Tag Archives: drought

Colorado River Drought Agreements Part II: Minute 32x and US-Mexico Relations on the Colorado River

Relations between the United States and Mexico were of particular focus on Donald Trump’s presidential campaign. Whether discussing the border wall, revisions to NAFTA or drug enforcement policies, Mexico was a repeated and at times controversial topic of discussion. Strains over US-Mexico relations reached a focal point shortly after President Trump was inaugurated when Mexican President Enrique Peña Nieto cancelled a White House Visit scheduled for January 27th after President Trump demanded Mexico pay for the estimated $12-15 billion completion of the proposed border wall. Continue reading

Negotiations on the Colorado River Part I: Despite Low Drought Figures, Colorado River Basin States Must Remain Vigilant

What is missing from the map of the United States right now? Well in general, drought is missing. According to a recent US Drought Monitor, the contiguous United States had the lowest reading of overall drought in the 17 year history of the weekly service. For the week of May 2nd, only 4.98% of the contiguous US had some form of drought. According to the USA Today, the lowest prior reading for the US was 7.7% of the US in drought, set in July 2010. It also compares favorably to a record high of 65.5% of the US in some form of drought set in September 2012. Continue reading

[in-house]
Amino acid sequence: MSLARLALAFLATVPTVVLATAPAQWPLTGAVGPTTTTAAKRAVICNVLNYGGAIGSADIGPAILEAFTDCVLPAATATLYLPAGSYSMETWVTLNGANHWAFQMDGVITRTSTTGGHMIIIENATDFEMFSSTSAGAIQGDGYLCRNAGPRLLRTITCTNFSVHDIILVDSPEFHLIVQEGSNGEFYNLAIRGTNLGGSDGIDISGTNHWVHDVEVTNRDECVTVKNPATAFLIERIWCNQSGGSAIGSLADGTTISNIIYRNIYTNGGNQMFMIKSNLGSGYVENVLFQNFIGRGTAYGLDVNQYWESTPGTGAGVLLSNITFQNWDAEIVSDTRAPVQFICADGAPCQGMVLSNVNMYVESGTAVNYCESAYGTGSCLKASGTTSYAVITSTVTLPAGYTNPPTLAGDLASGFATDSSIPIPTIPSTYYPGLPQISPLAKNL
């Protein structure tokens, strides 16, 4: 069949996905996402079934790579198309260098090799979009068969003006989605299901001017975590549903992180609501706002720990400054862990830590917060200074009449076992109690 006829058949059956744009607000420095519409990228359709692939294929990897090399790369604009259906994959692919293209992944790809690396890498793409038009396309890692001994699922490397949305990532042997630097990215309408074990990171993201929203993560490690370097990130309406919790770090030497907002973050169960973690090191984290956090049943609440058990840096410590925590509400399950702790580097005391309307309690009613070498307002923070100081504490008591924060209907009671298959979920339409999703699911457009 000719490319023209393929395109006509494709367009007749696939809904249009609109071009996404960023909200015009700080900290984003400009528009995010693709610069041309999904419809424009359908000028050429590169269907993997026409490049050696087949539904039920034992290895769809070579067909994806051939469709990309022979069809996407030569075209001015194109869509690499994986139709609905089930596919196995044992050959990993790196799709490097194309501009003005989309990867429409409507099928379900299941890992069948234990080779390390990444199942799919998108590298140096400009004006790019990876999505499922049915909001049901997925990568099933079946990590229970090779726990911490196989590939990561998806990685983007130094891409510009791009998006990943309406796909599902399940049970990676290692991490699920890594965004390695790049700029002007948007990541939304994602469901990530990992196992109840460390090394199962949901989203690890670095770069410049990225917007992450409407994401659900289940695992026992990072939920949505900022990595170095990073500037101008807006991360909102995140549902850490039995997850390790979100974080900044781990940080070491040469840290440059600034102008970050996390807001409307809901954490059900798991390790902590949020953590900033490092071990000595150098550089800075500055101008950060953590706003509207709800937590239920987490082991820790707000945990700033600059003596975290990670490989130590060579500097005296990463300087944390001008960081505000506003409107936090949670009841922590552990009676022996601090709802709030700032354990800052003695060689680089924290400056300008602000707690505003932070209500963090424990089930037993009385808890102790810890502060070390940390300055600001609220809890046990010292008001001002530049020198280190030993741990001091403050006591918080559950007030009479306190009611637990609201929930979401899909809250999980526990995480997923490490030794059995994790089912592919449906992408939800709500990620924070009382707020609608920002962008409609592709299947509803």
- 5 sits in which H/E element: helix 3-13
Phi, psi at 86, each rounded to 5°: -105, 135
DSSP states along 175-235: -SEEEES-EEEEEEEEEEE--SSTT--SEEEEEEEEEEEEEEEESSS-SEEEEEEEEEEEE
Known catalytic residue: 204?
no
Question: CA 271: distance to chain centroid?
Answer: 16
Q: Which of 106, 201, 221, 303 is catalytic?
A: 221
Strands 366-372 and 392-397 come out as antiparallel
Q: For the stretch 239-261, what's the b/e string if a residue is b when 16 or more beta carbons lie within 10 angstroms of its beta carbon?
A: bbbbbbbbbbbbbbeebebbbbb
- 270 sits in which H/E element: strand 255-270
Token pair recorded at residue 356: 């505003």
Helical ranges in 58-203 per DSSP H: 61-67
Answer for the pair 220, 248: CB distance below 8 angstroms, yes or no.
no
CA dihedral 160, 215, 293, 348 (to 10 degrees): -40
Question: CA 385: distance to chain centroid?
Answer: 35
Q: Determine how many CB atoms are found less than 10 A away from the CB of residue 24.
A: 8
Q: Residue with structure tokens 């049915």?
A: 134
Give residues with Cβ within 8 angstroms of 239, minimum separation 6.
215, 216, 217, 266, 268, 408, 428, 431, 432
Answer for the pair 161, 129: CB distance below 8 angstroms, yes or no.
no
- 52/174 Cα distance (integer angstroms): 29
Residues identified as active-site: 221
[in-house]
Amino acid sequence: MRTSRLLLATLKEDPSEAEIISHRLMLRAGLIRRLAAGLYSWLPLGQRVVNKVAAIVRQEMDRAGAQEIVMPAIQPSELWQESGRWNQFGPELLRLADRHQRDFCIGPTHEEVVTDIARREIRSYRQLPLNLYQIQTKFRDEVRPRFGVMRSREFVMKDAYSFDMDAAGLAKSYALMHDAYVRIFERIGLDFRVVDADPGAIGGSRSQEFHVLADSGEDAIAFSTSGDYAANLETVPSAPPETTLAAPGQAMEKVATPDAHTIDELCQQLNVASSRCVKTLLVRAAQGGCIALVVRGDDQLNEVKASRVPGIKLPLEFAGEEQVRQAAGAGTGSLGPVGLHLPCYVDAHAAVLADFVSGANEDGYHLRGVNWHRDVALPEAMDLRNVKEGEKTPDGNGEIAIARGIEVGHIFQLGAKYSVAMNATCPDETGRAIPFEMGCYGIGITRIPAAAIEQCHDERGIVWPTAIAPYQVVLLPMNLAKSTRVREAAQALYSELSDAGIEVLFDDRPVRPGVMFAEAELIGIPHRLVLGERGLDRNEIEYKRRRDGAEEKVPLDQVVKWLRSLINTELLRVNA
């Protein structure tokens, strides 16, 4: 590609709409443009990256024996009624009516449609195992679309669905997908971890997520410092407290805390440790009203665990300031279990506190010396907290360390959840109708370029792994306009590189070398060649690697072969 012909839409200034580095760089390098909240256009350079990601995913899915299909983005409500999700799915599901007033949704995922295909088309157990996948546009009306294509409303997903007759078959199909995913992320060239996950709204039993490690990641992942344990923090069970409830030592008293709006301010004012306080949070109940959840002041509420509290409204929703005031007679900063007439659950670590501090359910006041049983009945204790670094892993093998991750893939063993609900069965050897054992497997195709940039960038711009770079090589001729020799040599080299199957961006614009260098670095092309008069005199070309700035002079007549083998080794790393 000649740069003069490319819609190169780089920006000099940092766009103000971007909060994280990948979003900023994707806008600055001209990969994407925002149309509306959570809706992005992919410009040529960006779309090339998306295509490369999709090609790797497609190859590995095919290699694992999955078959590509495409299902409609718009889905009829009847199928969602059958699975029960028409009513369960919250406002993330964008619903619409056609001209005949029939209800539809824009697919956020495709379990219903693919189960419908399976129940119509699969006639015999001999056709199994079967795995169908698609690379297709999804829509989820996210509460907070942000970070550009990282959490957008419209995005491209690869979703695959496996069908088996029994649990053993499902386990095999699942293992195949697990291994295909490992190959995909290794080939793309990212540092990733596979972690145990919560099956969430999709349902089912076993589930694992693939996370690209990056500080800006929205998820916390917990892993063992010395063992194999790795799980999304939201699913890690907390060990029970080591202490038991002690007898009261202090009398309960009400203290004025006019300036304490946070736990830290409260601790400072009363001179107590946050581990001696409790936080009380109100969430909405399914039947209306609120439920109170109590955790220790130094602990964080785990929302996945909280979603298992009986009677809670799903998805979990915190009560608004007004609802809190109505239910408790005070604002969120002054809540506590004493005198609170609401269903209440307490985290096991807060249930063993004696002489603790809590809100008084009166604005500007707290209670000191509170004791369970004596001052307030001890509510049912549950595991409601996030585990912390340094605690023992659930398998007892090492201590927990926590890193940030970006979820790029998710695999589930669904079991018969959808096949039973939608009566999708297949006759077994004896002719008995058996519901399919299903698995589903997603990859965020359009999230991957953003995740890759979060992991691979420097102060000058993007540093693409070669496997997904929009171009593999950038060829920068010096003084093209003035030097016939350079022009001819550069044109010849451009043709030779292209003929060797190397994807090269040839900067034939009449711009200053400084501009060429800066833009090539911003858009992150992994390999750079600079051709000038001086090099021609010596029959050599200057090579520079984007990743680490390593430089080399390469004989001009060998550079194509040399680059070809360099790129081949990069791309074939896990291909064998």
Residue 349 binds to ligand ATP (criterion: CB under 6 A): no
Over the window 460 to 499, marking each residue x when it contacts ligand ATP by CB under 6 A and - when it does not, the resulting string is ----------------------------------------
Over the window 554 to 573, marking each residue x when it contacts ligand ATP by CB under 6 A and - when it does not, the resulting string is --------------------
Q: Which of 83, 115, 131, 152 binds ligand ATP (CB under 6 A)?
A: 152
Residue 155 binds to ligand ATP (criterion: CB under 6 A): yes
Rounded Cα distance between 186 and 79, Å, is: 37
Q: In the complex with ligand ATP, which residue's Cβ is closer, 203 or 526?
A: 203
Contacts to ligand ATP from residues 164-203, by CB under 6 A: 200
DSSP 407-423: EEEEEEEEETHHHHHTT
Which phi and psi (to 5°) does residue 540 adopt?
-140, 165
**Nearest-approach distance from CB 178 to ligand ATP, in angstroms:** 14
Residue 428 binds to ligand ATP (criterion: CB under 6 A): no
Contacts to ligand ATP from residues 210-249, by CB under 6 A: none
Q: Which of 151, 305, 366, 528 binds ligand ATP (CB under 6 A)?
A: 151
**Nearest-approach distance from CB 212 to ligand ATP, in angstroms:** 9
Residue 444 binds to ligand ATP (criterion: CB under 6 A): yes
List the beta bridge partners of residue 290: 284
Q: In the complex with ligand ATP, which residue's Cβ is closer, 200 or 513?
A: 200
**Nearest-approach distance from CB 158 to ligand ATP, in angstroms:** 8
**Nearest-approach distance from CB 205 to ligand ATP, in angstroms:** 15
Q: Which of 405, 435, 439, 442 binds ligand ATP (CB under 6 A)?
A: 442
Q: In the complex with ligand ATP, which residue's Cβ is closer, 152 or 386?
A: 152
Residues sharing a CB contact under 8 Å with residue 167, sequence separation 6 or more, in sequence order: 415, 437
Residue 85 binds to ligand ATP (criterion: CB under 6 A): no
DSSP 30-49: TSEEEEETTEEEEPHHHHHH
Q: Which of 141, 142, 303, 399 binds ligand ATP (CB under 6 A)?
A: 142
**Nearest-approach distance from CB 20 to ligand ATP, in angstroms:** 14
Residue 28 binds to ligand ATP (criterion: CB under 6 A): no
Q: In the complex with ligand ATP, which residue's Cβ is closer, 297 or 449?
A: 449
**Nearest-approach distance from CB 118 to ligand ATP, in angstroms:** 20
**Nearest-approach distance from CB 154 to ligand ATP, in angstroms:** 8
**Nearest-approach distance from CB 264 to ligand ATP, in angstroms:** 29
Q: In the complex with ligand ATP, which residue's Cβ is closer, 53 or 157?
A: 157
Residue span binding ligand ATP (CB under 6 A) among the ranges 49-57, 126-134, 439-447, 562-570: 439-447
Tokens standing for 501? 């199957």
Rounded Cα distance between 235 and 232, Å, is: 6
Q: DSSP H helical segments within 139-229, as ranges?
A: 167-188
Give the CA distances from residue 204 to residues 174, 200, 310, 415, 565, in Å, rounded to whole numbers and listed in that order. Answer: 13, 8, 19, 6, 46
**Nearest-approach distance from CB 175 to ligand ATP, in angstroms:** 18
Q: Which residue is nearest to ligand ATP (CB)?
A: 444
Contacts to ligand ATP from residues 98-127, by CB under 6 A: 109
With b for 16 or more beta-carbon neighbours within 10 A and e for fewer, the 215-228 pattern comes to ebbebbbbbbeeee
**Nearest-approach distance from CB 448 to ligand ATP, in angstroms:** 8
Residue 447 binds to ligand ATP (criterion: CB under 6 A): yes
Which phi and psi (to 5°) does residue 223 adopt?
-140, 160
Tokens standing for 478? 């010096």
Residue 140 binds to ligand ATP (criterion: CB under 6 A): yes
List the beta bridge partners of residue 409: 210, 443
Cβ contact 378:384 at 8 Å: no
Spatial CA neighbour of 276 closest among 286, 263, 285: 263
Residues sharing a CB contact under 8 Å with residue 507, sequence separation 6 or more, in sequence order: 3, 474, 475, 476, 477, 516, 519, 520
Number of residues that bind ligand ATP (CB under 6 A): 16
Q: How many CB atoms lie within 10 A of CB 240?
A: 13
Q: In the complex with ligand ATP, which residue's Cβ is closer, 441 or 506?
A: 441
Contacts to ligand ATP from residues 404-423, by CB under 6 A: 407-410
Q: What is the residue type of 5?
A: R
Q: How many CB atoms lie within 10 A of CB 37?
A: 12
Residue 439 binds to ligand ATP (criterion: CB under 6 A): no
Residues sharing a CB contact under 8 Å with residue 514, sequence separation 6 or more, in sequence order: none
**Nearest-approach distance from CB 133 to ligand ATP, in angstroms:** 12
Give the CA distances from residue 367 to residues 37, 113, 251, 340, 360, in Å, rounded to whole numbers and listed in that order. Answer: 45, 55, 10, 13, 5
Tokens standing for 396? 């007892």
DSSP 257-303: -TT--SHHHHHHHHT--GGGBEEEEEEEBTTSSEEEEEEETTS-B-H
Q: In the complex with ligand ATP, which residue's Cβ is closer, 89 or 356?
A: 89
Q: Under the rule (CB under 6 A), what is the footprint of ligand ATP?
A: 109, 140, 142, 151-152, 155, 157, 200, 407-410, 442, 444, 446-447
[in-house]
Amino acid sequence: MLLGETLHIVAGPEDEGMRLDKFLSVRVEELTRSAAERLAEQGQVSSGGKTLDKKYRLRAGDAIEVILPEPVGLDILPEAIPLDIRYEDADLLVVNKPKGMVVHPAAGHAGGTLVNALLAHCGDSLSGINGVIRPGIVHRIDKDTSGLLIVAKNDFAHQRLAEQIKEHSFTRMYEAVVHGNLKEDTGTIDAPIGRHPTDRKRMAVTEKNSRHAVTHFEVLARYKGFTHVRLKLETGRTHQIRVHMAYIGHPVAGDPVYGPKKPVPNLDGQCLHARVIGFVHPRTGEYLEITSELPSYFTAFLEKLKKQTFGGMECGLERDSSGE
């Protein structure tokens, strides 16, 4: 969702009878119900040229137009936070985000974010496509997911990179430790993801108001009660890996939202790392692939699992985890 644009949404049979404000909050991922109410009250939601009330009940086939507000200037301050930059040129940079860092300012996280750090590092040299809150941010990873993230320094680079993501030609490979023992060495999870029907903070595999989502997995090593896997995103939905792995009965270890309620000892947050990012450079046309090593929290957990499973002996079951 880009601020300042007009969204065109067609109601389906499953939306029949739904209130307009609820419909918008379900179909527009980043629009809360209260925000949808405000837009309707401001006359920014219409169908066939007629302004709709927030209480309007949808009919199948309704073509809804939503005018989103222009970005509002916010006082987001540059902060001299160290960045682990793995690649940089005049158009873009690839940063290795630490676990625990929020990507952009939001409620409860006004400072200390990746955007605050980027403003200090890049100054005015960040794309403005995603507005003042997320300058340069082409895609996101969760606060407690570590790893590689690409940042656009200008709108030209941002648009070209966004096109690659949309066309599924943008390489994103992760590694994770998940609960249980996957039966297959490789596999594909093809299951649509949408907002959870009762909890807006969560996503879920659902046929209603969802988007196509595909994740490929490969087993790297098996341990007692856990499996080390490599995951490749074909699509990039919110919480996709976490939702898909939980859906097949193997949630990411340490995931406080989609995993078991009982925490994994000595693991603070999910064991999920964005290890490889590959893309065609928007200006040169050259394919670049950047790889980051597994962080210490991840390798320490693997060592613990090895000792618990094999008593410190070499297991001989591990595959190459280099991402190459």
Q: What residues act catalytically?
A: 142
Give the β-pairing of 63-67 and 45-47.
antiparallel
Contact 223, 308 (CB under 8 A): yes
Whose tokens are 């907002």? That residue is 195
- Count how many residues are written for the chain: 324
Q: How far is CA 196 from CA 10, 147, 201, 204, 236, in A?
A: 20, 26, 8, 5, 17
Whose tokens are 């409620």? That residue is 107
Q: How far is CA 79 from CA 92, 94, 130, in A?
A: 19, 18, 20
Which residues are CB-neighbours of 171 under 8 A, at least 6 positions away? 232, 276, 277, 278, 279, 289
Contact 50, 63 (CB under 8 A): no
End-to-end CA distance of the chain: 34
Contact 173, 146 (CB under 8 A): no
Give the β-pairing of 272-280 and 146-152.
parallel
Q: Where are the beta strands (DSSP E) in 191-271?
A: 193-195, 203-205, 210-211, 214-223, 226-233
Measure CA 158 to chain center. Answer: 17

With Full Reservoirs and a Deep Snowpack, Why did the Central Valley Project Initially Hesitate to Deliver 100% Entitlement to each Contractor?

Looking at the current reservoir conditions from the California Data Exchange Center, it is clear to see that the conditions in California are much different than from a year ago. Nine of the state’s major reservoirs that serve both the Central Valley and State Water Projects have over 100% of their historic averages for this date. The state’s two largest reservoirs, Lake Shasta and Lake Oroville are at 96% and 84% full respectively. The San Francisco Chronicle published a series of before and after photos of reservoirs in the state to show the stunning change in hydrologic conditions in just one year. For example, in August 2016, the San Luis Reservoir outside of Los Banos was at 10% of capacity. Fast forward to today, and the reservoir is completely full. The much-improved hydrologic conditions prompted Governor Jerry Brown on April 7th to issue an executive order that lifts the drought emergency in all California counties except Kings, Tulare, Fresno and Tuolumne. The drought emergency he rescinded had been in place since April 25, 2014. Continue reading

The Water Haves and Have-nots in the Winter of 2017

In my last post, I wrote about how long-suffering California is having a good start to the water year as weather patterns have changed and so far, ample rainfall has fallen across the Golden State. A series of powerful storms this weekend and continuing this week has already caused flooding and widespread damage across parts of California. In Sacramento, Monday marked the first time in ten years that officials opened the Sacramento Weir to divert floodwaters to the Yolo Bypass and prevent further damage downstream. Strong winds also toppled the iconic Pioneer Cabin Tree, a hollowed-out sequoia large enough for cars to drive through. Further “atmospheric river” storms are expected to hit across the state as the week continues.

Continue reading